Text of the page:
In his book Cold War: The American Crusade against World Communism, James Warren discusses the conflict between the United States and the Soviet Union, its causes, its consequences, and its future. Warren also analyzes why the United States was so afraid of communism and how this fear controlled both U.S. domestic and foreign policy. In George Washington’s Farewell Address, he warned future leaders to avoid foreign entanglements. However, the United States strayed away from this policy in 1941 after the bombing of Pearl Harbor. From then on, the United States realized that with its great power came great responsibility.
She states that resolving the differences would require Russia to participate in international agencies to explain their intentions (... ... middle of paper ... ...rs!” (Document H). The Soviet Union and its Communist nations of Eastern Europe created a rival alliance called the Warsaw Pact. This created a political division of Europe that worsened the Cold War. In response to growing conflict, the US introduced the Marshall Plan to help aid nations with whom they held positive relations with and assist them in infrastructure reconstruction. In conclusion, a post-World War II conflict arose between the United States and Russia as a result of growing distrust between the two opposite nations.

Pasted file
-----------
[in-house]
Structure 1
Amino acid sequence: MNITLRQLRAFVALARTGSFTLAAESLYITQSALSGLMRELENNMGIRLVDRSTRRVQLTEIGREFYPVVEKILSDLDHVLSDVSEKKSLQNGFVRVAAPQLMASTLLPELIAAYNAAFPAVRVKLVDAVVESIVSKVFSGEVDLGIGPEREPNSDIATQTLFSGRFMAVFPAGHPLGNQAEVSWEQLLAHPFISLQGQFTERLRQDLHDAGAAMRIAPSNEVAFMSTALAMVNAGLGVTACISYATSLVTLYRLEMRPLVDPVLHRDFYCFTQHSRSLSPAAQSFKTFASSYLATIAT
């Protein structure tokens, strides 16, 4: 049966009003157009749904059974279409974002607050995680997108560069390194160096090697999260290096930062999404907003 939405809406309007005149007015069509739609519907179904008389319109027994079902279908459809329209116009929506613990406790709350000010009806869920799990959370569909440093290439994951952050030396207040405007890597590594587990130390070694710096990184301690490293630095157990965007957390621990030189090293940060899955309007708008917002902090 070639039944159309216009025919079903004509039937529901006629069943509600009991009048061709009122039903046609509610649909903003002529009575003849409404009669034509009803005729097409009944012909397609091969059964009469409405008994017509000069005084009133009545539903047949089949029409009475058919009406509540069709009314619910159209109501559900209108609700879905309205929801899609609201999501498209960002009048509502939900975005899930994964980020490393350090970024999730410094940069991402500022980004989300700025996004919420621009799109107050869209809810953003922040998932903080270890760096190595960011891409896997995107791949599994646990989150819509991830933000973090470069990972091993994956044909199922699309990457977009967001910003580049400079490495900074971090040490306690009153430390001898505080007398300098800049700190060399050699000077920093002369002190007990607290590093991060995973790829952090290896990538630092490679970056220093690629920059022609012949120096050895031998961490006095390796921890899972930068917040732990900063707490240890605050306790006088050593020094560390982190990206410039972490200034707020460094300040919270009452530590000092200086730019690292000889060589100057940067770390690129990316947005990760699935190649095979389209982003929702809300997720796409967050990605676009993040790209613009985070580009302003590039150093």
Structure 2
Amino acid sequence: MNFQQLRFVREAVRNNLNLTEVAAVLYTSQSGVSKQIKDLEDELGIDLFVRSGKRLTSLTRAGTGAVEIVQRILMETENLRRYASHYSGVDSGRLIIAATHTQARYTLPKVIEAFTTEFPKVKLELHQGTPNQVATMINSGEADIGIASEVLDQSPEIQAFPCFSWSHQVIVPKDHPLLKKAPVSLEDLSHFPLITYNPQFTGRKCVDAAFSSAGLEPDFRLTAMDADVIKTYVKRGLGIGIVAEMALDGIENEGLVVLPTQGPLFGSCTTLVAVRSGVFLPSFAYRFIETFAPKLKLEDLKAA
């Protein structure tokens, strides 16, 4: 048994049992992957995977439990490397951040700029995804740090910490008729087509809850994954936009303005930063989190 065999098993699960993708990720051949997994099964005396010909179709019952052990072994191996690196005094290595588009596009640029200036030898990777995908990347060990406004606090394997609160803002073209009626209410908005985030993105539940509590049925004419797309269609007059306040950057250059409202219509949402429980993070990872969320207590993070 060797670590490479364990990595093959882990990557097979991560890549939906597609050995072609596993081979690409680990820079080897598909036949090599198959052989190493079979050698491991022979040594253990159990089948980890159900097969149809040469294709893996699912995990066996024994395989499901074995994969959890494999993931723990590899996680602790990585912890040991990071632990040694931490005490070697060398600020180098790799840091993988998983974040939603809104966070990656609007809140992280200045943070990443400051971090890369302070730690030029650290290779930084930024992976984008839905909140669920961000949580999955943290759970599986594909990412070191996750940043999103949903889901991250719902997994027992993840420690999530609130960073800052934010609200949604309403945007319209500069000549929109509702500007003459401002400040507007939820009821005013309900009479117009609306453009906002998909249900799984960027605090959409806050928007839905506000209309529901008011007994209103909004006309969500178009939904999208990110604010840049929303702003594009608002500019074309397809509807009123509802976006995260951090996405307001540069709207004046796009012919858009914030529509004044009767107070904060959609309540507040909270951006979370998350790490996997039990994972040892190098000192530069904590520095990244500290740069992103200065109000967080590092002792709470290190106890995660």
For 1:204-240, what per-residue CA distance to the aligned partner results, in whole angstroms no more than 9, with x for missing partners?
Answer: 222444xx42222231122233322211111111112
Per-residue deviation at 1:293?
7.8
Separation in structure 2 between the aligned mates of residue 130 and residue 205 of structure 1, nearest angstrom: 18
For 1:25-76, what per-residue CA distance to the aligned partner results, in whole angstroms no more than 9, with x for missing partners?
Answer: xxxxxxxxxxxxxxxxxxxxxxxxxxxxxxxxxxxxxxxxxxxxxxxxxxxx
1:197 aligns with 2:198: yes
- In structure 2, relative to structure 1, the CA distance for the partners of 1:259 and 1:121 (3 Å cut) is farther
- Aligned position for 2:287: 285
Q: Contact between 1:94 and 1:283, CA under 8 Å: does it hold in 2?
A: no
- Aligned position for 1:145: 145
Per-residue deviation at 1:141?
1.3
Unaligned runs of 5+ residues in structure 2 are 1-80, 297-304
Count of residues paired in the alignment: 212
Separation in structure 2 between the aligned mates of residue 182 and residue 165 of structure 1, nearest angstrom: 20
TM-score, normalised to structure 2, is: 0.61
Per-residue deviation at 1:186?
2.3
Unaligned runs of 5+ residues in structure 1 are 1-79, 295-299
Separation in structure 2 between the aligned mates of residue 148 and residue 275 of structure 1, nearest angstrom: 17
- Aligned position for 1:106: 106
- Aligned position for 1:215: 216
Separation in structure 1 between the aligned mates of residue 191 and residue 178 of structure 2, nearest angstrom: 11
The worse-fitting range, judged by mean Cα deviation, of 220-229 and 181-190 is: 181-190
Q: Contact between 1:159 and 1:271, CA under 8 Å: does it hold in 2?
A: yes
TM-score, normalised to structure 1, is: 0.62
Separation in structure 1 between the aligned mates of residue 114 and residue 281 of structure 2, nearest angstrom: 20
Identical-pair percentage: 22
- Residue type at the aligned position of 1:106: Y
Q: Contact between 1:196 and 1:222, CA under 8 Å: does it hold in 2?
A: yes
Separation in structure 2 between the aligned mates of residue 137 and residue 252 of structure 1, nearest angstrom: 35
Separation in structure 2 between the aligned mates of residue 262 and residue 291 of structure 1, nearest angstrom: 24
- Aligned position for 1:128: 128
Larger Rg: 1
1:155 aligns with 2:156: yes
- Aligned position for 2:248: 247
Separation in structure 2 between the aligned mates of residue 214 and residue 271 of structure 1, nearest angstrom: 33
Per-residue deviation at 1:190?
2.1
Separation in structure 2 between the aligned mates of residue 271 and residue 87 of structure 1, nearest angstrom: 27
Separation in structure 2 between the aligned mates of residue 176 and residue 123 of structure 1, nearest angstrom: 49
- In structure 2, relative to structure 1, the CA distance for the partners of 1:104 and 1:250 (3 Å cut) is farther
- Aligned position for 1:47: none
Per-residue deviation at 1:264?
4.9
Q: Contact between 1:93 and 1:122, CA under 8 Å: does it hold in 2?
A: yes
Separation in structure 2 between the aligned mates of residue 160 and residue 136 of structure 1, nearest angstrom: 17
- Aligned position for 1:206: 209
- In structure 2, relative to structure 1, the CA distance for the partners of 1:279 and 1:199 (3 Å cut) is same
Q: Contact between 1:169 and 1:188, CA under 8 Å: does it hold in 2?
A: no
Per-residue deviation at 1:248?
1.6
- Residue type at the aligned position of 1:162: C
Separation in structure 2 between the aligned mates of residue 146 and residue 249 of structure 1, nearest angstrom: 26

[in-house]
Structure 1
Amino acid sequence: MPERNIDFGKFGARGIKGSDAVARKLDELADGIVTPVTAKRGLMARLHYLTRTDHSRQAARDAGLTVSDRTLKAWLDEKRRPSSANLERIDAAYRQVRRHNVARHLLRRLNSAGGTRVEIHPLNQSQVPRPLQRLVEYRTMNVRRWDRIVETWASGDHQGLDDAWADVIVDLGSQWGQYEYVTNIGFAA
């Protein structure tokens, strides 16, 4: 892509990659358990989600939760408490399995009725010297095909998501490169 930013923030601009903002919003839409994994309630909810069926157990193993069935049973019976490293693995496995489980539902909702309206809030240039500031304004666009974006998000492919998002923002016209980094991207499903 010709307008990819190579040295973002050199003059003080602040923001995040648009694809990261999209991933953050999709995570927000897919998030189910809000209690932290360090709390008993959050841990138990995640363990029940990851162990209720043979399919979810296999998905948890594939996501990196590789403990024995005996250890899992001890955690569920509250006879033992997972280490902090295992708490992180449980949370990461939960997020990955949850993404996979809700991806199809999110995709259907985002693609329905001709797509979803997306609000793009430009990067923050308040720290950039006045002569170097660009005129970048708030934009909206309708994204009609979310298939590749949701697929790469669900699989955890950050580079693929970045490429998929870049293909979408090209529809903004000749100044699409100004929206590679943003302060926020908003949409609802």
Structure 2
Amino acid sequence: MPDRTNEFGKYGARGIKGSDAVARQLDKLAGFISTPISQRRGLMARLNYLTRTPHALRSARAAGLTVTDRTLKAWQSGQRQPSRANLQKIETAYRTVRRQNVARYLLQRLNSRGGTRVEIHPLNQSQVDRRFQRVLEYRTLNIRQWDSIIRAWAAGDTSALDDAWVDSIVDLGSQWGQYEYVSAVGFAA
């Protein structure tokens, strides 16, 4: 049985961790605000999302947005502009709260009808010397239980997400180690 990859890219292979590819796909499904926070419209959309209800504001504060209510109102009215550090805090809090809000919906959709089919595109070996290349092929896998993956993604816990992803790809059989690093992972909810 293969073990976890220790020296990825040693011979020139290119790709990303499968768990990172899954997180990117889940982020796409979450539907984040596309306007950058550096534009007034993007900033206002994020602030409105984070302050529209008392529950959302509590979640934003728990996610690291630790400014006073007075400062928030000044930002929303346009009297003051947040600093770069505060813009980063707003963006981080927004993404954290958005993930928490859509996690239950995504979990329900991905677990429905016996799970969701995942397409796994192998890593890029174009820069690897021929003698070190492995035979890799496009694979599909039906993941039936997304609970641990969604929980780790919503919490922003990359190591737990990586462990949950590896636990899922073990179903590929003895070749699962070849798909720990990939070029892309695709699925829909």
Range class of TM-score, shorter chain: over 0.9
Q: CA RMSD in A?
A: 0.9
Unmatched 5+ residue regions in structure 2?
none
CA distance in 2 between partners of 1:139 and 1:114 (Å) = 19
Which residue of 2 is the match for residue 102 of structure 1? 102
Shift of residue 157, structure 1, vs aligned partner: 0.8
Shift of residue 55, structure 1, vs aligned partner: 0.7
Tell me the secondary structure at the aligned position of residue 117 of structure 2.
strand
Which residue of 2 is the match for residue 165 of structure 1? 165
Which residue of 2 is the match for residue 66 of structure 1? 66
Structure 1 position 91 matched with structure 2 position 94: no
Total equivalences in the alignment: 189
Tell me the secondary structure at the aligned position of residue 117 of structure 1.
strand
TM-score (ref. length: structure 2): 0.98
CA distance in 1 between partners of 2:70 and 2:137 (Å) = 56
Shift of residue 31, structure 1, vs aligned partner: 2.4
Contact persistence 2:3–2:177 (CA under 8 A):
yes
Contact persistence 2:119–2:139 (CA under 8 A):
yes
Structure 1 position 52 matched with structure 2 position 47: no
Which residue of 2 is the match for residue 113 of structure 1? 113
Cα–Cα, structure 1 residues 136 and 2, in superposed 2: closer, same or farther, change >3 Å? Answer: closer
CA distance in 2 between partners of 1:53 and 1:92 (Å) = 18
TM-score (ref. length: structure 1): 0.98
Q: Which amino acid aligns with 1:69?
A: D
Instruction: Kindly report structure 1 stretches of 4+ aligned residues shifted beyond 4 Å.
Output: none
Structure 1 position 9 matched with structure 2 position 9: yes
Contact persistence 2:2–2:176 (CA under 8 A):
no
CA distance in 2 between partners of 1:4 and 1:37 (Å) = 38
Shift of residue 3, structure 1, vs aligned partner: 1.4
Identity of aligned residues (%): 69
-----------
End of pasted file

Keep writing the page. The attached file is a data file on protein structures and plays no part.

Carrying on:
Weatherby and CHEN demonstrate the limits of Kim’s influences with his patron (6). In Weatherby’s article, The Soviet Role in the Korean War, he discusses Stalin’s decision in regards to invading South Korea. The key to this decision was whether it would prompt Americans to intervene in the war (68). CHEN’s article, In the Name of Revolution, discusses Beijing’s decision on intervening, which resulted in a response to the threat to China’s security interests that were caused by the U.S. /U.N. forces aggressive advance toward the Yalu River in the wake of Indochon landing (93).
The Revisionist School of historians “placed the blame on President Truman and the demands of capitalism challenged this viewpoint” (Pipe 2007). Kennan, argues that the Cold War was not to “to blame the Soviets but to awaken American policy makers to the nature of the Soviet threat in the postwar world”. ( (T. J. White 2012) In conclusion, the various historians argue that both sides were responsible for the beginning of the Cold War. The revisionist approach argues that the origins of the Cold War were controversial and also remained very important in understanding the origins of the Cold War.
After promises for free elections were broken by the Soviet Union, the already strained relationships between the two superpowers were worsened. In fear of Soviet expansion, the United Stated adapted a new foreign policy of containment, in which they attempted to stop the progress of communism. The Truman Doctrine of 1947 stated that the United States would help any non- communist country resist the pressures of communism. The Marshall Plan involved sending money to help countries recover from World War II, so that they would be less likely to...